Shirley Pettibone, Ocean at Montana D’Oro, 1974, oil on canvas, 29 x30 in. The Delaware Art Museum permanent collection.

Beginning in 1973, Shirley Pettibone began a 40 year journey as a photorealist painter. Until her death in 2011, she dedicated herself to the craft of painting detailed scenes mostly of water bodies and clouds. The movement then in its infancy was championed by Ivan Karp who had shown Pettibone’s work at his first gallery Hundred Acres.

In an artist statement that relates to her work as a realist she wrote:

“In the 1970’s I began painting sections of water and sky in oil in a photo-realist style, later adding the mediums of watercolor and monotype. As my work has progressed over the years, my realism has become much less dependent on photographic information, and I have become more interested in the abstract, calligraphic quality of the strokes and in the symbolism of my subject matter.

Water surface colored by light is moved by tide, gravity, fish, bird, stone. Objects below, on and reflecting on the surface combine to form an interwoven complexity of levels. Overlapping planes of detailed plant forms backlit against the landscape are another source of inspiration. Each painting is a specific place, time, and season.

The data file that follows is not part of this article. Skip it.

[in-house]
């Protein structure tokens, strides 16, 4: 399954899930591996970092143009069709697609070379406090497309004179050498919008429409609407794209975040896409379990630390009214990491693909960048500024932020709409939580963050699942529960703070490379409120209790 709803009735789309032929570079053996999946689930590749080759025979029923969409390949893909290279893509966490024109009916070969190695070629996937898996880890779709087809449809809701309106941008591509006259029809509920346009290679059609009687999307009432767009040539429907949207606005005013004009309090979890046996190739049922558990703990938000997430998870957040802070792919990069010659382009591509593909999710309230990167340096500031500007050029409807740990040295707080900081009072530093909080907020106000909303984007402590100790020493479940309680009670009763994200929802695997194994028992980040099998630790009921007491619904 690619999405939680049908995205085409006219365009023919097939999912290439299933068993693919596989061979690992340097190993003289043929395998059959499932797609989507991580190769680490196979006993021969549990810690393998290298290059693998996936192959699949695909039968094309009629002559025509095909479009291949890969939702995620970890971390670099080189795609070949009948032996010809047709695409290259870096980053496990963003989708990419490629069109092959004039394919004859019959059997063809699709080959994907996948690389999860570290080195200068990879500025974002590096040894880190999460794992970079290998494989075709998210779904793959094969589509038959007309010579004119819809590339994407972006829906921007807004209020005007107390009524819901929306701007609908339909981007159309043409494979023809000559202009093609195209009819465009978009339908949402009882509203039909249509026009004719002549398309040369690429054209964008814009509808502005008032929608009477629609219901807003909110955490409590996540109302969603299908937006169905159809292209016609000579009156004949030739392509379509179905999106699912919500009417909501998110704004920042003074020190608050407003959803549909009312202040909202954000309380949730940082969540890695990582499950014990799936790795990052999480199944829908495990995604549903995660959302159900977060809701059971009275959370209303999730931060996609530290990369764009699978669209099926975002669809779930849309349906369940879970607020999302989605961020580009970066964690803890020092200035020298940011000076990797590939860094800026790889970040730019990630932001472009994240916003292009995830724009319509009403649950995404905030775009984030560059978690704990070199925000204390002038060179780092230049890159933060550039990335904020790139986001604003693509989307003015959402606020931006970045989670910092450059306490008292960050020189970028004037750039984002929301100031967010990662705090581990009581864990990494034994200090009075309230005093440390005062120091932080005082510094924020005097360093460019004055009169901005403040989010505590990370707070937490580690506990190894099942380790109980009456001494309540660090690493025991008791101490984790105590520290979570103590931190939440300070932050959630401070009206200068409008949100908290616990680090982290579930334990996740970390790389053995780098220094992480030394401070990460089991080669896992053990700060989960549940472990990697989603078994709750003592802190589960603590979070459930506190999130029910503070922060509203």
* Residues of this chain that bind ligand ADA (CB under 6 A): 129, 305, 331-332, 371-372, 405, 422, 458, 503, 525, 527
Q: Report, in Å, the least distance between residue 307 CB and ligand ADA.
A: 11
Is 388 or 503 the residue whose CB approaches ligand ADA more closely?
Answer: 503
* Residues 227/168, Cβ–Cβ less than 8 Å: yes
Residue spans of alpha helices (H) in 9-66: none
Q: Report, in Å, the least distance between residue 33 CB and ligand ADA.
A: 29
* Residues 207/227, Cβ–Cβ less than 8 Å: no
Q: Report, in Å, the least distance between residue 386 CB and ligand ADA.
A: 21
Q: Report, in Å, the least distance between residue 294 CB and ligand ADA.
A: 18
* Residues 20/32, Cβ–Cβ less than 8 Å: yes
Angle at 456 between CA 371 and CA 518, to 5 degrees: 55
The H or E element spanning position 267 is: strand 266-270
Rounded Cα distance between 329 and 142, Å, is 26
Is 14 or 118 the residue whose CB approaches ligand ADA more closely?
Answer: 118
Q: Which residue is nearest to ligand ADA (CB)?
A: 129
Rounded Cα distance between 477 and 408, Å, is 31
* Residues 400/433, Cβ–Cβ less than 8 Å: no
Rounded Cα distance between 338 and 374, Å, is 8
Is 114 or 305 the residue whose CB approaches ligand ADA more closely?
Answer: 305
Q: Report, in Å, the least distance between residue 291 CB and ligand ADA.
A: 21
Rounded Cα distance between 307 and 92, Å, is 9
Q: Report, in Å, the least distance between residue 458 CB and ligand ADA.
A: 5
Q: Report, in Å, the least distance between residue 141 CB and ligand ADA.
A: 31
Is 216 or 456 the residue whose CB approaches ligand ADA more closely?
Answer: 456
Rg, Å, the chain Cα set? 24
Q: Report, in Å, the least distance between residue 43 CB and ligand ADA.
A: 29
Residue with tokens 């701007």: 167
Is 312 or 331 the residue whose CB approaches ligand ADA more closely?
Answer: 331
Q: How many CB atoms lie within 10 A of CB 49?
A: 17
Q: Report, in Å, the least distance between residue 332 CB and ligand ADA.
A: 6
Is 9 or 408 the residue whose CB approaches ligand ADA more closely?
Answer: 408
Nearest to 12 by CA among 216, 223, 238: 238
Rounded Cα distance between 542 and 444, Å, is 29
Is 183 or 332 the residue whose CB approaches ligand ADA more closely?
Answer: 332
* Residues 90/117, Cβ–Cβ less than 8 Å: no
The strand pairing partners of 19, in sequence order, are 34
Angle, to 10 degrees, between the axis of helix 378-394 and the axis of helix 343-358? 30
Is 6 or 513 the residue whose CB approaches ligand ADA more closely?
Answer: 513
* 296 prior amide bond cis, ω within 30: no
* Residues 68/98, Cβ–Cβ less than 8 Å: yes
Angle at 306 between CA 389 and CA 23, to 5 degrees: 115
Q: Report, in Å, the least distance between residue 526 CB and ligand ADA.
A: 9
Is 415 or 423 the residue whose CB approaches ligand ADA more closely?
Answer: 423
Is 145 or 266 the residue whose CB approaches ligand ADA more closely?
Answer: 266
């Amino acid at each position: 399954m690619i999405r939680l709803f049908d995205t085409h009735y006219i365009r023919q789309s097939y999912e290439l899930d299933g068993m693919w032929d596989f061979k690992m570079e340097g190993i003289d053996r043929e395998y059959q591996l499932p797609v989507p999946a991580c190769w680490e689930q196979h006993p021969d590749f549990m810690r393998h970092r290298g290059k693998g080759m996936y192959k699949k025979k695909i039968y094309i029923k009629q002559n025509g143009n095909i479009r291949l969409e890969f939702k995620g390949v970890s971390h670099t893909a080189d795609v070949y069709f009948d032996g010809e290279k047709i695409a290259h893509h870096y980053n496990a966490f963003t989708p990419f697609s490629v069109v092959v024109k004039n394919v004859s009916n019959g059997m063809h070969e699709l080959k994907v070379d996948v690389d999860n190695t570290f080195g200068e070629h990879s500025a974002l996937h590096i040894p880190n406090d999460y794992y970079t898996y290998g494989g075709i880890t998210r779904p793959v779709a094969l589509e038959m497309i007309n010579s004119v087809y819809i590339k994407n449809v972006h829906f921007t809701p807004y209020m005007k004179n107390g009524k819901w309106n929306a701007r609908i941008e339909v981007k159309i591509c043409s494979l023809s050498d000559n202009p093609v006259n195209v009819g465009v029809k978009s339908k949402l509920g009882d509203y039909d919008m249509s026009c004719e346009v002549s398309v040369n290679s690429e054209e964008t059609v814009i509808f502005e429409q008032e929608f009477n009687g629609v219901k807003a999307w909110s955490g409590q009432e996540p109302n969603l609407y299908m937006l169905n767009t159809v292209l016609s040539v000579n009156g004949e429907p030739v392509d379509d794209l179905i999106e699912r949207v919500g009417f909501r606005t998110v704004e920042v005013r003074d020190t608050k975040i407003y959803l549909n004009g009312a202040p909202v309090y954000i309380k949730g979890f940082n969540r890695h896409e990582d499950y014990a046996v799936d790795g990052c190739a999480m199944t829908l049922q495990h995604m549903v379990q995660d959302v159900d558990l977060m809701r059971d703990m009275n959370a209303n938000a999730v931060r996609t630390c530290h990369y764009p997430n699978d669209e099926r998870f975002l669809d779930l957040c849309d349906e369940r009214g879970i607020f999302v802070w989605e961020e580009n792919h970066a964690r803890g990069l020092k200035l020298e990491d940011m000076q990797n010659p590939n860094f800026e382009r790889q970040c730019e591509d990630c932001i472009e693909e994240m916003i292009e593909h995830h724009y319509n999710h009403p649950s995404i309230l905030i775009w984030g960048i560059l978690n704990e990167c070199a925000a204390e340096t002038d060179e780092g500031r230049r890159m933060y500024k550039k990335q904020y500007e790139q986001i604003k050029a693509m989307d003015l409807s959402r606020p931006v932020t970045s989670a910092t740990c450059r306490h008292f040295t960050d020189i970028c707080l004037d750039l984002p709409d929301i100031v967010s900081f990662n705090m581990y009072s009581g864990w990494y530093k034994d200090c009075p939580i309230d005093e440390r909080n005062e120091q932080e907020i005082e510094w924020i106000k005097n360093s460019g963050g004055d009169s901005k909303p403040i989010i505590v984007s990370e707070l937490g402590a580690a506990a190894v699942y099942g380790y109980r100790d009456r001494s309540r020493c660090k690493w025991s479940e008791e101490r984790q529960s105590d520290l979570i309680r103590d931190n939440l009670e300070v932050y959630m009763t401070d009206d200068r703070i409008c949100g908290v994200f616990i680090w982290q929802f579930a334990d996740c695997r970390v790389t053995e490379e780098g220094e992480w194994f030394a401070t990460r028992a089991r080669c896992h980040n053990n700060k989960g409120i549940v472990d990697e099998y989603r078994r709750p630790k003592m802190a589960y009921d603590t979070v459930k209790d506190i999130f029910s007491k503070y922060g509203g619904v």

I am a realist, but some of the symbolism of my early work still lies beneath the surface. I have never liked obvious statements but have chosen ambiguous symbolism and suggestion in order to give the viewer choices. My love and concern for nature and the environment are an important element in my art, and I hope my work conveys a life affirming spirit to others.”

This turn from being a groundbreaking feminist artist in the 60’s to becoming an environmentalist and poet of nature forms the basis of a life dedicated to art and important ideas.